one we have ever done, and to me that’s great because after the acoustic one I’ll try to get across something totally different, well not totally different [Martin: Yeah, like we were saying before]. There are elemental and archaic emotions, thoughts that always shine through in our albums, but there will be a different appearance on the next one.

Martin: The title of the new album roughly translates as ‘carved/written in air’. Can you talk a little about the contrast between the visceral and the more emotive elements of music, and how these relate to each other?

Eviga: Music is proof for the invisible world, the spiritual world. Air is invisible, but music can move the individual on a very sensual level. It’s also very important because the arrangement of time within music is really the language and being of the human soul which is travelling within music, and artistic expression in general, but especially within music. To me it’s really cathartic to go on stage, or to be in an audience, and to see people really get involved with their expression. It’s very very important and it opens up so many doors within one’s mind. It’s truly essential to me as a human being.

Martin: It’s wonderfully communicative. It always impresses me, even if you listen to music in a language you don’t understand, how music can still speak to people through that.

Eviga: I always like the Norwegian bands who still stick to their mother tongue. In a certain way it’s a limitation to have German lyrics [Martin: Commercially…], but it’s authentic, and the basic emotions shine through.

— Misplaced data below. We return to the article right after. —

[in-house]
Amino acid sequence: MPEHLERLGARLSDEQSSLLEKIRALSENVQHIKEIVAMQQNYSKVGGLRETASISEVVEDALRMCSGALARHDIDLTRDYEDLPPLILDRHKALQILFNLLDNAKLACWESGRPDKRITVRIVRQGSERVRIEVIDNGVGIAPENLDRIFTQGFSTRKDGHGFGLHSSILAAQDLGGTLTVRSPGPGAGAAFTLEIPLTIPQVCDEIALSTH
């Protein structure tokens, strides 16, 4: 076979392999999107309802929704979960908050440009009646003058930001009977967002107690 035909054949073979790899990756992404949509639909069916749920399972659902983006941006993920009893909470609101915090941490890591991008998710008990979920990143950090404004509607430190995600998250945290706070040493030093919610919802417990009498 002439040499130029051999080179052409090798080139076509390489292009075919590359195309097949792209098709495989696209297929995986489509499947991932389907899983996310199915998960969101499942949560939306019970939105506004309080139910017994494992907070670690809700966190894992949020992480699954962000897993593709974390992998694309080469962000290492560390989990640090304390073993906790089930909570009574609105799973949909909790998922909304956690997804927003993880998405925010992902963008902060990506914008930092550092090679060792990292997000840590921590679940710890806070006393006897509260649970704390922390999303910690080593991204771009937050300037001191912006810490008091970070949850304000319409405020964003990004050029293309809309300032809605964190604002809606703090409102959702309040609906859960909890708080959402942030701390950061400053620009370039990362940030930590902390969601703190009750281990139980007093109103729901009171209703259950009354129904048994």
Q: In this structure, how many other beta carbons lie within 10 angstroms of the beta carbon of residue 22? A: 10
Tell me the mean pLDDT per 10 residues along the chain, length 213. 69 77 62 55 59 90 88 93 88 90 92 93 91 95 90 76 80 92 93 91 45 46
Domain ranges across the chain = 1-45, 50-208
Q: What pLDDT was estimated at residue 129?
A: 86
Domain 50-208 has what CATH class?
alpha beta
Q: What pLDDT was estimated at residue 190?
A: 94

Martin: It’s always quite upsetting to hear a band writing lyrics in English, and they come out quite clumsy, when you know if they were writing in German they’d be amazing. Sometimes you listen to early Blind Guardian and you think “hmm, maybe you should
check that chorus out” [Why’ve you ever forgot me?] There is something very appealing about the cadence, the rhythm of the German language and the way you deliver it. You would lose that if you were singing in English.

Eviga: I read some translations of our lyrics, and many things get lost. It seems to be rather cheesy when translated into English.

Martin: When you’re writing something in German you’ve chosen a word because it suggests various things at the same time, has connotations and shades of meaning, and when you translate it, this goes out the window.

Nature is a perennial theme in black metal, how much of an influence is it on you?

Eviga: It’s the beginning and the end; it’s a big cycle that we all live in, and we find wisdom in nature: it teaches you the most important things in life, but we are not used to the perception of these things because we are surrounded by nature and its acts every day. It’s a rich source for metaphors and symbols too, and I’m always in source for pictorial
expressions based on nature, and in my perception, black metal has always been some kind of metaphor for natural powers, you know, the guitars, like fog, the drums, like elemental forces like thunder.

Martin: So how have you ended up co-headlining with Agalloch?

Eviga: We’ve known each other for very many years because back in 1997 we traded our demo tapes, and from then on we traded our CDs, and so we stayed in contact over the years. There is a certain common mood, or energy, in our expression. We have been